The police searched the room (its measurements were approximately 16' by 14' according to appellant's testimony at the suppression hearing), and in two wall closets, a night stand and dresser found the following articles which were admitted in evidence: a brown paper bag containing a plastic zip bag with marijuana residue, two plastic vials, containing respectively 33 red tablets of phencyclidine and 7,812.8 milligrams of marijuana, one smoking pipe which contained marijuana residue, forty-two manila coin envelopes, one cigarette roller and paper, and one scale. Appellant was known by the police to have occupied the apartment for at least three weeks.
Assuming for the time being the correctness of the District Court's ruling that the search was validly conducted notwithstanding the door was forced, a matter shortly to be considered, the issue of the sufficiency of the evidence turns upon whether the trial court erred in finding beyond a reasonable doubt that appellant had constructive possession of the marijuana in the paper bag on the sidewalk below the apartment's bathroom window and the phencyclidine tablets found in a wall closet in the apartment.
Possession has been defined as being, either actual or constructive in that the accused is in position to exercise dominion and control over the contraband. (Footnote omitted.)
That "possession" which, under the statute, creates a presumption of criminal traffic in certain narcotics can be established by a showing that the accused knowingly had the contraband under his "control or dominion" (a situation sometimes denominated "constructive possession") even though it was not found on his person or within his immediate reach.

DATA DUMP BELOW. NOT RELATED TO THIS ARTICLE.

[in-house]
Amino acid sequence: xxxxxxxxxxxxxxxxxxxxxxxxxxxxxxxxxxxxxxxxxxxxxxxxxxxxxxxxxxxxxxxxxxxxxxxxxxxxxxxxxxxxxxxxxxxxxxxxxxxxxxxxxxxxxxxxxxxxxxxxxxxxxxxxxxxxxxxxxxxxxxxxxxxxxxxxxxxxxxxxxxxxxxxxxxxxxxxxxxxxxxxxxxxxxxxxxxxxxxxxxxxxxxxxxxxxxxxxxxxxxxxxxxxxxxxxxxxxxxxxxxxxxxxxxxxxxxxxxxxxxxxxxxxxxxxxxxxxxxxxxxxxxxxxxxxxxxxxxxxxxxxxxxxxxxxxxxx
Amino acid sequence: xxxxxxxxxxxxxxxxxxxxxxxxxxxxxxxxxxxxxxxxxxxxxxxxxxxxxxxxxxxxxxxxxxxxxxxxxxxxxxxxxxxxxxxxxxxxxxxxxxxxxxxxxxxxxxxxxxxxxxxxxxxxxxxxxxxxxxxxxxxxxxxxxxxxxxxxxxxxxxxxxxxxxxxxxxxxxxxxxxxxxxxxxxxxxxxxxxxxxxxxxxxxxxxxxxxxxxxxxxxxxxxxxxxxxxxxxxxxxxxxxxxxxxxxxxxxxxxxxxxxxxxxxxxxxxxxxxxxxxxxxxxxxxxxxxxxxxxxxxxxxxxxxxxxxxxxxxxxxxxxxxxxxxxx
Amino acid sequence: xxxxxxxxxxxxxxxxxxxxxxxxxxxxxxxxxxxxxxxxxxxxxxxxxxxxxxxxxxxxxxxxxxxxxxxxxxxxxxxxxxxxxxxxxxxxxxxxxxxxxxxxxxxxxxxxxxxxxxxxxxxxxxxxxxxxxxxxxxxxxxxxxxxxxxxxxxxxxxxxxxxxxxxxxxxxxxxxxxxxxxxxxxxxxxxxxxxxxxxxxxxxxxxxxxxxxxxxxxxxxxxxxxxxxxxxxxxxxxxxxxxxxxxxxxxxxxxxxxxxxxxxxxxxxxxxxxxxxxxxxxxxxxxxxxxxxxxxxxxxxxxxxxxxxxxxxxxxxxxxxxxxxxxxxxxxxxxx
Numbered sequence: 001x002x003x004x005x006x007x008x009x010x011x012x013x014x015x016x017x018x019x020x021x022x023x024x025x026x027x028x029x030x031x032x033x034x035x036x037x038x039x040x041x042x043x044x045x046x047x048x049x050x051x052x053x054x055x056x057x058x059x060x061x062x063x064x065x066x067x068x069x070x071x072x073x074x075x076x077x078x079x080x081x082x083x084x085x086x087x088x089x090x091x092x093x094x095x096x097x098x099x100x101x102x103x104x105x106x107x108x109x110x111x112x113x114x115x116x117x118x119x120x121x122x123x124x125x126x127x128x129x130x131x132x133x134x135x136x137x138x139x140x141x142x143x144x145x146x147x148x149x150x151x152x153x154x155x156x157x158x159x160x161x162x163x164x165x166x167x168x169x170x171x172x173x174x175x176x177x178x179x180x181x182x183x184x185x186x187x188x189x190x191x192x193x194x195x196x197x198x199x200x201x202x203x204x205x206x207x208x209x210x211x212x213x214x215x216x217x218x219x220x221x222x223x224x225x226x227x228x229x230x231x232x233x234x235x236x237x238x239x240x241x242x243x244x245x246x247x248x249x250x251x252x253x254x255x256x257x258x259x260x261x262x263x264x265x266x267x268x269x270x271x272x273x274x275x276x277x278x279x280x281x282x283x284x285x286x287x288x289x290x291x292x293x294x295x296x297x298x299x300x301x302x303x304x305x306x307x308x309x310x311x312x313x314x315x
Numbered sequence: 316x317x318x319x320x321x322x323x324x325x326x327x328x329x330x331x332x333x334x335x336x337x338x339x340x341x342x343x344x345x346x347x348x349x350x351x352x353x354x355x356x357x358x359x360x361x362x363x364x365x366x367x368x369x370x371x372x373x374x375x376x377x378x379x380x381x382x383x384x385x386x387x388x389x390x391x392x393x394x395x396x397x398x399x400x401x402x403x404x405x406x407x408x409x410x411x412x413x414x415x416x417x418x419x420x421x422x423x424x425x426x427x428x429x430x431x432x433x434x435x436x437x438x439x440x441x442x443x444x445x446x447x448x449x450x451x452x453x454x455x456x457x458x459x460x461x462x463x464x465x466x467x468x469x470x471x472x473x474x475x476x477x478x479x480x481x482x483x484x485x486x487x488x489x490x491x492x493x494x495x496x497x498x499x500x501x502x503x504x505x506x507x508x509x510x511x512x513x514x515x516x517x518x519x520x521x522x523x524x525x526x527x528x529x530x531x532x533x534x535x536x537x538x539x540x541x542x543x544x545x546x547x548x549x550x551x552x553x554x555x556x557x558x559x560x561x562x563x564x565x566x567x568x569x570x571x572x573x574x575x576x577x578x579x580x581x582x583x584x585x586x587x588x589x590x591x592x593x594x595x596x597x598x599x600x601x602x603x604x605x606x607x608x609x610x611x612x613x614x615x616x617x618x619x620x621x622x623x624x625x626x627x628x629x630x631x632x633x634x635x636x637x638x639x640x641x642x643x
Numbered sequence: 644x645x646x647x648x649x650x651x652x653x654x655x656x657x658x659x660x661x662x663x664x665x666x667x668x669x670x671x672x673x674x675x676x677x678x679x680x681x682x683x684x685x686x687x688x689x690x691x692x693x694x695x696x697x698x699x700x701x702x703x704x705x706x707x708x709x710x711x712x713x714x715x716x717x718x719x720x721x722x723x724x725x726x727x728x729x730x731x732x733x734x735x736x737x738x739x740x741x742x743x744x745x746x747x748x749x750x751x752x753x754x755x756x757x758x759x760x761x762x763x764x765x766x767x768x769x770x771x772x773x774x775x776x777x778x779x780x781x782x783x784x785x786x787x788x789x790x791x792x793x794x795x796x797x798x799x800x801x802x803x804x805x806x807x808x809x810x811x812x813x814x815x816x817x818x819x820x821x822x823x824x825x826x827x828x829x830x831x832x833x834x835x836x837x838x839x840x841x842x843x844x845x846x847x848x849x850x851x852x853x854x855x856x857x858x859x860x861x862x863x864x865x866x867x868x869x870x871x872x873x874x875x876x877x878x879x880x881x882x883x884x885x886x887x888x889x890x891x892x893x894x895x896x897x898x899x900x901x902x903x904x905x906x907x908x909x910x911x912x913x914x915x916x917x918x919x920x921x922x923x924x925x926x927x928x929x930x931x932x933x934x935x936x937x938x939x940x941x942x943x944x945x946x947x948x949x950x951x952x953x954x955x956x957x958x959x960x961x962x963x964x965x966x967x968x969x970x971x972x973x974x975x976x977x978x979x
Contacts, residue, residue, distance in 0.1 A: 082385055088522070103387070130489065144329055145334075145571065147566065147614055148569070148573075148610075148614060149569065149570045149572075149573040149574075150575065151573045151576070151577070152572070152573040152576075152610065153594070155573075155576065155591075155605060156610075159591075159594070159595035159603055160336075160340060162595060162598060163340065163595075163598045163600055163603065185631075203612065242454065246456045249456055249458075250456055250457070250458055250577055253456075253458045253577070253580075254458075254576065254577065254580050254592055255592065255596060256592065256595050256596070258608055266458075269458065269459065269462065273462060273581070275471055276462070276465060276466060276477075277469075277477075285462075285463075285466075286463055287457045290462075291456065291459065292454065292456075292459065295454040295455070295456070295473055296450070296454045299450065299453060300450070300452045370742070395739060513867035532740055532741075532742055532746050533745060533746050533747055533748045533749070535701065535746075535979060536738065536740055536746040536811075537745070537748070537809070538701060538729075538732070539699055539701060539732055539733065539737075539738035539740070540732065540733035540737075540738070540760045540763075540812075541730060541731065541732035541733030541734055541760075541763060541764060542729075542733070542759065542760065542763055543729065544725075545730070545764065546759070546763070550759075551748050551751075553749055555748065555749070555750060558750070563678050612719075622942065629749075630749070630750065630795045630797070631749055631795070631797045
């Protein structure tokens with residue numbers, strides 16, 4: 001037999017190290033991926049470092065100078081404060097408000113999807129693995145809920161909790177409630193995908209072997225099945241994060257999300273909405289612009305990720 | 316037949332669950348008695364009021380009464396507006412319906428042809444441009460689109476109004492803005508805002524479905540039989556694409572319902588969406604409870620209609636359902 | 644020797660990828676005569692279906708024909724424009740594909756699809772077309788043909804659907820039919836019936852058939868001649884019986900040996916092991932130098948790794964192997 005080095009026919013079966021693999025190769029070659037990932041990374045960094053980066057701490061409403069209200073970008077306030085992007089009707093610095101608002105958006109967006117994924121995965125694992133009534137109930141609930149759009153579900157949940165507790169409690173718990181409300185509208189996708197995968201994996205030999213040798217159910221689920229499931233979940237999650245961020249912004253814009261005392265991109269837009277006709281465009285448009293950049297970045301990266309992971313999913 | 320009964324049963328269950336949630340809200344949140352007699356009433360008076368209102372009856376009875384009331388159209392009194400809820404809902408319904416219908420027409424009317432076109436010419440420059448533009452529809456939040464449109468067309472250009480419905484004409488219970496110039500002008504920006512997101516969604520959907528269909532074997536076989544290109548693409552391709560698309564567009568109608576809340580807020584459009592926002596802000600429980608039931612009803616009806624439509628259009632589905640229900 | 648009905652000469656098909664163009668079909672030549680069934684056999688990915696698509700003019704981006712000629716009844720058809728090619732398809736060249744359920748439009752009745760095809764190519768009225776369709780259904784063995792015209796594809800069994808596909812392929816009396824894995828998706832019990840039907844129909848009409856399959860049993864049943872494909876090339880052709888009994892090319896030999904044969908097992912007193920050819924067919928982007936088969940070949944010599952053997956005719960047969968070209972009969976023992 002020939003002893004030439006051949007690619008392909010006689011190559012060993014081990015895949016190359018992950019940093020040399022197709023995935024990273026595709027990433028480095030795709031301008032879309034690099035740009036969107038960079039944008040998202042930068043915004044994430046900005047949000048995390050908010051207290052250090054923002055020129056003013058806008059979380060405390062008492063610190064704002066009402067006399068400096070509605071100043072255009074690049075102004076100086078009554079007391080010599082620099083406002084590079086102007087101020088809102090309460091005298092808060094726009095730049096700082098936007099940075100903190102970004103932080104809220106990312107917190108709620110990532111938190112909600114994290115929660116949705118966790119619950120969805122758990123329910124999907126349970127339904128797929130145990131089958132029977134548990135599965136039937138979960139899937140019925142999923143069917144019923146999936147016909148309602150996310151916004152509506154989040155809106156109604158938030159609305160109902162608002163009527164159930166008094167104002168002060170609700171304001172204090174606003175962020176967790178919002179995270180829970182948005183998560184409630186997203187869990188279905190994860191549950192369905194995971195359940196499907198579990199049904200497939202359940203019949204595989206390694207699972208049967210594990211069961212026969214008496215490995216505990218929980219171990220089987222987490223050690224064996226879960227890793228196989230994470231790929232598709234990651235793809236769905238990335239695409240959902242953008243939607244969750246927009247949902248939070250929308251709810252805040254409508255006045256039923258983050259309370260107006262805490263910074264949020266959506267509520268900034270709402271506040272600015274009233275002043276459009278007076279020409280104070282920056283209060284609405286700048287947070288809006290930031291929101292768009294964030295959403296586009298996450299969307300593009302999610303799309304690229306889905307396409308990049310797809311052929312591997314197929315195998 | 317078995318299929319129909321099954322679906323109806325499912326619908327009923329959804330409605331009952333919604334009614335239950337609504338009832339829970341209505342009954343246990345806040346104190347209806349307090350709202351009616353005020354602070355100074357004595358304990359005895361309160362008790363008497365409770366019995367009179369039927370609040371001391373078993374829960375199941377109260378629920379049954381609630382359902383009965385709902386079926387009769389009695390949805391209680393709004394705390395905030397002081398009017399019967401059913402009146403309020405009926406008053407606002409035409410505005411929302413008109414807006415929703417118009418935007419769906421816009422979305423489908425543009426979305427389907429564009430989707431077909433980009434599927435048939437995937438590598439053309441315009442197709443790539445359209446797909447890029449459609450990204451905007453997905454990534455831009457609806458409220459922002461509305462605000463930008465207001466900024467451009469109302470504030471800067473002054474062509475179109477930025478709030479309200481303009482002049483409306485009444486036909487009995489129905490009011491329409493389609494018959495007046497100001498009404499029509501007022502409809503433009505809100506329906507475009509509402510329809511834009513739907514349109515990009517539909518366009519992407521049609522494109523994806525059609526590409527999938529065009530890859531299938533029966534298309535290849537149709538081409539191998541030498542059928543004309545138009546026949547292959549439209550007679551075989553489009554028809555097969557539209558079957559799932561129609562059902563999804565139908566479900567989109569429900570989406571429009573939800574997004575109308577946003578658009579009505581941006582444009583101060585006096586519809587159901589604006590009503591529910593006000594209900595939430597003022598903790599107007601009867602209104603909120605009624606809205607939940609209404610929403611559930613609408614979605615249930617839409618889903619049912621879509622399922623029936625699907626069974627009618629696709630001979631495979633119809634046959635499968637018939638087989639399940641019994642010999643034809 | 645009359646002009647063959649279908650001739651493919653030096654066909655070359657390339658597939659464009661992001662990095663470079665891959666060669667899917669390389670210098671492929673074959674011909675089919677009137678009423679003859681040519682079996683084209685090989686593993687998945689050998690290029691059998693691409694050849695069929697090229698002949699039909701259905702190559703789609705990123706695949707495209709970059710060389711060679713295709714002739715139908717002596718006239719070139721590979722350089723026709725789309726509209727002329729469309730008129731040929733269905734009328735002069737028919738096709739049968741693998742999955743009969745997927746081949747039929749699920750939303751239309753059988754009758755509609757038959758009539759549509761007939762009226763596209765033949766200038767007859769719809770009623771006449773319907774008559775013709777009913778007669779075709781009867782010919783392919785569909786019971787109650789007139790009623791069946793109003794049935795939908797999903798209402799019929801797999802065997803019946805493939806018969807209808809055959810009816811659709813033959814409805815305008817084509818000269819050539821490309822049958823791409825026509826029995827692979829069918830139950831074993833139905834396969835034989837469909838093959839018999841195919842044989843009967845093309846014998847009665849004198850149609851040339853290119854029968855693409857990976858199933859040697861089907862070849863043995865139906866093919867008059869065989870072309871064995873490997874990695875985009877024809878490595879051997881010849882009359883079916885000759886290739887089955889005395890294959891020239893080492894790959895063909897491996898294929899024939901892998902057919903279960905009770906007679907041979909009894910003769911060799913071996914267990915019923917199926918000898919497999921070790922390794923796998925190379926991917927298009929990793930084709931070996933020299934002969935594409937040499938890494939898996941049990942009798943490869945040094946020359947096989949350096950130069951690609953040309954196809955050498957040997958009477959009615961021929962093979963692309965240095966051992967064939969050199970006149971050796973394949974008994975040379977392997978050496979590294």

United States v. Bonham, 477 F.2d 1137, 1138 (3rd Cir. 1973).
The inference of control and dominion by appellant of the disputed evidence is compelling. There was no rational evidence linking the other man, who was permitted to go his way, with dominion or control. The appellant was lessee and occupant of the premises. The evidence found in the apartment clearly was in his control. He was the only other occupant. His control is confirmed by the inferences to be drawn with respect to the marijuana on the sidewalk. Neither that nor the evidence found in the apartment is isolated from the other. They are linked by his relationship to each. The place each was found supports the source of control of both. Aside from the juxtaposition of appellant with respect to the marijuana on the sidewalk, in a bag like other bags found in the apartment, the juxtaposition of the evidence in the apartment to that on the sidewalk, and the nature of the evidence, support the finding that the control of one was the source of control of the other the appellant.